I prefer the older edition of the Reader's Digest book published in the 70s. IMO, it is better in describing in detail many things the new edition leaves out. DD bought one at Half-Price books for about $5.00. That is "My Bible" on sewing, although I have a large library of different types of sewing books, DVDs, videos, etc. As for sewing notions, I think the other posters covered those fairly well, except a nice selection of various color threads, regular sewing needles and a thimble. You know things do need basting many times. As for the sewing machine, I'd strongly suggest your Dad take his wife to the store and allow her to choose the machine herself, maybe with a companion(you) going along to point out some highlights of the different models, if she knows nothing about sewing. The old adage of choosing a car for someone else also applies to sewing machines. He could take her to a nice restaurant for lunch/dinner, give her a gift package with a card saying something to the effect, "We're going seine machine shopping at ------, and ---- will join us at the store to point out the differences in the models, so you can choose the one you want." Emily
Reply to
CypSew
I also like it: I have the new edition and 3 older copies! I also like Sewing for Dummies. I use both with students.
Reply to
Kate Dicey
I have the needlework book and the RD sewing book. They are both great. I buy every copy of the sewing book I come across to give to new sewing enthusiasts. The Vogue sewing book is supposed to be very good also but I don't have one of those. Taria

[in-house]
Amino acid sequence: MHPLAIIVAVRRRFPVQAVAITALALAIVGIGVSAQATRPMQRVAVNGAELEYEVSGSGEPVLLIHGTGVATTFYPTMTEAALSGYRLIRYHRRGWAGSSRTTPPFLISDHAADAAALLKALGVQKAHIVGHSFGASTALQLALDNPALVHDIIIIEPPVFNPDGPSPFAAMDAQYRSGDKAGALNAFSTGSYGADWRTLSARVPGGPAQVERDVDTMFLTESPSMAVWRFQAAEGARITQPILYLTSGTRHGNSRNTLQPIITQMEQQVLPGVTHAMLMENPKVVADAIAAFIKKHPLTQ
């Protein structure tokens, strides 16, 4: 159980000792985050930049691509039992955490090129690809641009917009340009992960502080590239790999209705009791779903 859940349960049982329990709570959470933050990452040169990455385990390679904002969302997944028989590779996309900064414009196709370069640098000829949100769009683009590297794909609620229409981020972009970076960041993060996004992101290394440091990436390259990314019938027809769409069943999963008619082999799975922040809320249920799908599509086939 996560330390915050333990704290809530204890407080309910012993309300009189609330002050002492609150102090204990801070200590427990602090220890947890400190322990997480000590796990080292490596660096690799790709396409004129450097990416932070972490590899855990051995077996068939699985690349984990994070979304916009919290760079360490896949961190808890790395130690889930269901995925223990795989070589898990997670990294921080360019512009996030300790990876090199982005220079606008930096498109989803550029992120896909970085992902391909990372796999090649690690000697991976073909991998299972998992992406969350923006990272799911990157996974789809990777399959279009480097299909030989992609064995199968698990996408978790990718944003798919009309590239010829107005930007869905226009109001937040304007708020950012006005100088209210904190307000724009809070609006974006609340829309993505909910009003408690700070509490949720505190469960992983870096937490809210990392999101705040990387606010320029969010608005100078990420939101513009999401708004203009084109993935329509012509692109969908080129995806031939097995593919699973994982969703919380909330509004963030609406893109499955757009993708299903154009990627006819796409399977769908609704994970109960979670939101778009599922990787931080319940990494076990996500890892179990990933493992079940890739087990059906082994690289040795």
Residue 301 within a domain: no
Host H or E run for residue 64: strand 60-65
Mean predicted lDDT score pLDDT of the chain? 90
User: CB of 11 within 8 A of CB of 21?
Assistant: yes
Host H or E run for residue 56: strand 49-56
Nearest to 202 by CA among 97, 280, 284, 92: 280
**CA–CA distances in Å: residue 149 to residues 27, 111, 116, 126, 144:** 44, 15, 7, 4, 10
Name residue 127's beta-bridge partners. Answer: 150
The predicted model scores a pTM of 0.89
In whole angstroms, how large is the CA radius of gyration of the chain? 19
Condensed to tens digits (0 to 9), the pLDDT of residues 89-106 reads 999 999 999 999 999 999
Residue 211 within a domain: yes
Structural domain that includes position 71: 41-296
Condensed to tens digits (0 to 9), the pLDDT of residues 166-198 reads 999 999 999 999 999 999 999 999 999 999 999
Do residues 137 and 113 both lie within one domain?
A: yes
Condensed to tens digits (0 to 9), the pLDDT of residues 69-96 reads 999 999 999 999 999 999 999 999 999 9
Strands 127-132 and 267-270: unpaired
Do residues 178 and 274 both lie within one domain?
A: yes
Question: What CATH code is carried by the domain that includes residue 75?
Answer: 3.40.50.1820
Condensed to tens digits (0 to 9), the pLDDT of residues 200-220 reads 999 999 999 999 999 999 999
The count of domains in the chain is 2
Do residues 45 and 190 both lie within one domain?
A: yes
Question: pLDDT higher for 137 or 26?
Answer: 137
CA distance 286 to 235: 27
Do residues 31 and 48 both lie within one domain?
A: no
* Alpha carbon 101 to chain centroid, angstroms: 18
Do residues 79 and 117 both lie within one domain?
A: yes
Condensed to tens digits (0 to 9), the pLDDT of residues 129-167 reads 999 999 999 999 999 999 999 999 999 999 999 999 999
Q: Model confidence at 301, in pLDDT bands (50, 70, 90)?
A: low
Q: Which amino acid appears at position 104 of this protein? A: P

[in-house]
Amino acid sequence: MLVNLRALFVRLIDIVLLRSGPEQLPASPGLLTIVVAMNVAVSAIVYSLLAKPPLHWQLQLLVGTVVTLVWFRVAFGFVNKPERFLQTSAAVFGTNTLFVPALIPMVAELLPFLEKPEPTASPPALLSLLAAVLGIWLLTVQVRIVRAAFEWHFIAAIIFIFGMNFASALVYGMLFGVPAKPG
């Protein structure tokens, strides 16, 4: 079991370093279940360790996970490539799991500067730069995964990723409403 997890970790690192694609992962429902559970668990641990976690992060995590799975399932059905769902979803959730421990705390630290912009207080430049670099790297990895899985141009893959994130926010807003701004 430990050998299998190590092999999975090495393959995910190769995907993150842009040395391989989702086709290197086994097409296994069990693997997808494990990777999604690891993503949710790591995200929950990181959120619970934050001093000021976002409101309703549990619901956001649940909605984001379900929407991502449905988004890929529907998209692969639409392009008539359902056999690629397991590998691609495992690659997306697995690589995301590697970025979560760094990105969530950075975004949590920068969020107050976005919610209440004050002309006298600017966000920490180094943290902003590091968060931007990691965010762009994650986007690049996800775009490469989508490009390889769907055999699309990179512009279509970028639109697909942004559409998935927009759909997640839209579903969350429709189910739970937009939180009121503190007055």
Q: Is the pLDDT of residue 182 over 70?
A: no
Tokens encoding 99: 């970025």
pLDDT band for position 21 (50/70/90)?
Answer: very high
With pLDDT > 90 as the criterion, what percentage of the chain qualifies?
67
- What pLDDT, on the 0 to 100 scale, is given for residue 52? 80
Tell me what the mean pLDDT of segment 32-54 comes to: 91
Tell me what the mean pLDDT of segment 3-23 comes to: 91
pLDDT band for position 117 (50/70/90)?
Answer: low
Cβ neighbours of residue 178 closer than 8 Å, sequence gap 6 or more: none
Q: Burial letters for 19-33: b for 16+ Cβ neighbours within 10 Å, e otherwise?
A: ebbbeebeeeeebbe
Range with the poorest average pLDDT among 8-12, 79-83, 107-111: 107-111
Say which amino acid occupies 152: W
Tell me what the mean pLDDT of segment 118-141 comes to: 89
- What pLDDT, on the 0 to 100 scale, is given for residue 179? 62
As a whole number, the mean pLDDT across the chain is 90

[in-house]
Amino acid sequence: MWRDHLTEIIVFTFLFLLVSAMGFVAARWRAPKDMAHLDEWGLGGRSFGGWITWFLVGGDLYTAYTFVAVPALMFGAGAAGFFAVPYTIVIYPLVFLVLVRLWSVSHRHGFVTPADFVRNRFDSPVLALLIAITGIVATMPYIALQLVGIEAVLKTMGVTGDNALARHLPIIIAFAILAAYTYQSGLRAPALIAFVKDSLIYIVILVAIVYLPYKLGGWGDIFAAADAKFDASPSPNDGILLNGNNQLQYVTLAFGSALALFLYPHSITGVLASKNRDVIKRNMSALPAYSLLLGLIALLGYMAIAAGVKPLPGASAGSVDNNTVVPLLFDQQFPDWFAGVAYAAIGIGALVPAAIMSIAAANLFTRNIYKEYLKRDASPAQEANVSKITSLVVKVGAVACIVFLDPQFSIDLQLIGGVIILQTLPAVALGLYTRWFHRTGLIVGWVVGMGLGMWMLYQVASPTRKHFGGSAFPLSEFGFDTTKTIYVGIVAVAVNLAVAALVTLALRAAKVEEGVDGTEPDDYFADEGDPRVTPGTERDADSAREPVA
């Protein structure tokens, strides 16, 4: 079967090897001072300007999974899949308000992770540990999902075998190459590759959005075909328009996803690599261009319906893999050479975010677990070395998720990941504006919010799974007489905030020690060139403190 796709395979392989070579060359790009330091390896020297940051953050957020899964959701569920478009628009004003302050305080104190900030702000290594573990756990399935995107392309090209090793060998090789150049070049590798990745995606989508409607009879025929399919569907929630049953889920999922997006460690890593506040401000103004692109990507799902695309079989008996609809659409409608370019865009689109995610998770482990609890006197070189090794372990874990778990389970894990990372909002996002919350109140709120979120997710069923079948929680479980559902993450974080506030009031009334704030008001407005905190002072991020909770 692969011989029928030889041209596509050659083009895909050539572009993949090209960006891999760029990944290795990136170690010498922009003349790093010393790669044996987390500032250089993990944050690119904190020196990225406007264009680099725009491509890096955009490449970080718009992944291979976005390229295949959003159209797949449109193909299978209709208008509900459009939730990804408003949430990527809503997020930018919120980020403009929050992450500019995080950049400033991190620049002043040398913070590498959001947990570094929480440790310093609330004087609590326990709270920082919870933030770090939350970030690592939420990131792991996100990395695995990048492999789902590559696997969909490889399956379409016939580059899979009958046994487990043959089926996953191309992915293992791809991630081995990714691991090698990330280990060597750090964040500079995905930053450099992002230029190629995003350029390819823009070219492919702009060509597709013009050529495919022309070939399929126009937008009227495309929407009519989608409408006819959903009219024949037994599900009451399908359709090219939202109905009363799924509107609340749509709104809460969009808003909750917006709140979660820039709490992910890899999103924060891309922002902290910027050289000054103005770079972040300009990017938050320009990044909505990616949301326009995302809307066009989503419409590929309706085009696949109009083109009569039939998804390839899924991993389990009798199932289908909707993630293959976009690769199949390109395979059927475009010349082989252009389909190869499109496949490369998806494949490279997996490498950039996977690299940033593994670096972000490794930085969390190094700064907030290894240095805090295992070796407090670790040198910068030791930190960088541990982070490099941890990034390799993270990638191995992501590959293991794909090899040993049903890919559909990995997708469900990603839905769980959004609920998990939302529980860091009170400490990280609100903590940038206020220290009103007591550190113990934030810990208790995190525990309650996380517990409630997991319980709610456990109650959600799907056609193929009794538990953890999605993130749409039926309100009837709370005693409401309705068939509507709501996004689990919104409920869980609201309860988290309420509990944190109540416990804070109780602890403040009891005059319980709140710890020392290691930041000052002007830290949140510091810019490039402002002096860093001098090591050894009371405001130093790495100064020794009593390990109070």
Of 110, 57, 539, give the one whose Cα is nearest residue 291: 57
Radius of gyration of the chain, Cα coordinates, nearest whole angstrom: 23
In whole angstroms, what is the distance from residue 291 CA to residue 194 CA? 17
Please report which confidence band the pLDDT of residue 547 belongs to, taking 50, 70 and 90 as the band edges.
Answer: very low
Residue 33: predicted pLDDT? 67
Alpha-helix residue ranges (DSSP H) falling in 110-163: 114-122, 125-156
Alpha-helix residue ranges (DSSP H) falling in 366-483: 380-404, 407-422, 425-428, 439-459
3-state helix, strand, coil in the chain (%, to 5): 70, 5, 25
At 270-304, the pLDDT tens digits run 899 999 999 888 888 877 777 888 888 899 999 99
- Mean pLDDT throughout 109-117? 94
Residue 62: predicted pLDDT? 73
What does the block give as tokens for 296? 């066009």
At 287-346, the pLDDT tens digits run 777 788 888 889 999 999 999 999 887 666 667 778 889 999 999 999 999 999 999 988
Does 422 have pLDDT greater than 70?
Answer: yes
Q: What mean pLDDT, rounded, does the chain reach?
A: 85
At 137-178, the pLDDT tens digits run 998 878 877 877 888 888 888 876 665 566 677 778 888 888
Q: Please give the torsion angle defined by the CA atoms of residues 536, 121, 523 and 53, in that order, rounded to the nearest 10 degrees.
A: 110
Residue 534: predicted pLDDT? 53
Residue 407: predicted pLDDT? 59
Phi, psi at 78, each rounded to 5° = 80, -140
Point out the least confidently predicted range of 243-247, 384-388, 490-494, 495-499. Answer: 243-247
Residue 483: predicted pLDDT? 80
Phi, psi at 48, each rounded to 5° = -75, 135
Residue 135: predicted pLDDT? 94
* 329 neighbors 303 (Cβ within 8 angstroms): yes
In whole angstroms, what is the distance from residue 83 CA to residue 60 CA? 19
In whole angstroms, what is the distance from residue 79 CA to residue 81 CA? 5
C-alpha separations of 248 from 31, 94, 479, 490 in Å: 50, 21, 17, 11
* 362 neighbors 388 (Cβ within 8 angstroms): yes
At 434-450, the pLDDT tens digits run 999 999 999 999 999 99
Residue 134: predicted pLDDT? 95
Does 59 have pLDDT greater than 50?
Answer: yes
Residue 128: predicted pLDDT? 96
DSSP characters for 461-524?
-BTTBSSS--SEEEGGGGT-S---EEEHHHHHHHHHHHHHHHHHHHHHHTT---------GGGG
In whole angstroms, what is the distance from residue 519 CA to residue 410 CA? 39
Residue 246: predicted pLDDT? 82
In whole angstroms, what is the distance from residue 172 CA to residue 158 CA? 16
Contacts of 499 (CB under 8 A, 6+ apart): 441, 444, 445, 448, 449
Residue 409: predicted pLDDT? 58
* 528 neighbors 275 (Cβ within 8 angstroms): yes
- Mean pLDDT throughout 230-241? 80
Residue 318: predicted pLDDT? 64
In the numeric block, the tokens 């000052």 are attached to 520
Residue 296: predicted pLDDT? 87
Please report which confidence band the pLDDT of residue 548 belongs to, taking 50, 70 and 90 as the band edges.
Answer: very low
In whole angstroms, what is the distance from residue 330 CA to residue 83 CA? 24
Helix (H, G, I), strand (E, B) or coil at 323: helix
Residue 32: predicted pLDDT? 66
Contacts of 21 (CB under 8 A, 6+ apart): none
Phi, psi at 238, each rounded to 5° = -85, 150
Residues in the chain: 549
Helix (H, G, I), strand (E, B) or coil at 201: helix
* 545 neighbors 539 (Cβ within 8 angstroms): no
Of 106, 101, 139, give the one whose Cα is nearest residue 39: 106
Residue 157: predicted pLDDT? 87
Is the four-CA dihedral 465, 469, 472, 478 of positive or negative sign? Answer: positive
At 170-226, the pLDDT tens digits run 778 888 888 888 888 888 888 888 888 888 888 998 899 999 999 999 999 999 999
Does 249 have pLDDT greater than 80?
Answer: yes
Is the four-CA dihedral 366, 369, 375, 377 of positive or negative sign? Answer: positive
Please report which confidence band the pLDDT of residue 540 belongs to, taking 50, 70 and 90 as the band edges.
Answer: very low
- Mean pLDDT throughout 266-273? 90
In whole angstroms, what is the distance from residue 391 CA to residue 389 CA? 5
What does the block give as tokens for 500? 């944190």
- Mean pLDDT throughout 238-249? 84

Reply to
Taria
I'd suggest two possibilities: Reader's Digest sewing book, or Simplicity's Simply the Best Sewing Book, which is home dec oriented, but has a good basic section on fabric, fabric handling, etc, and may be easier at first. The other book I'd recommend is Connie Crawford's Guide to Fashion Sewing. It was written for her students at FIT who had to learn to sew on the way to learning fashion design, and the format is drawing and a few sentences, another drawing and a few sentences. This adapts ready to wear sewing techniques to home sewing machine capabilities, so it's slightly different instructions than you'll find in sewing books, but it produces more professional results with less effort than the instructions in most patterns. It's the book I wish I had had when I was learning.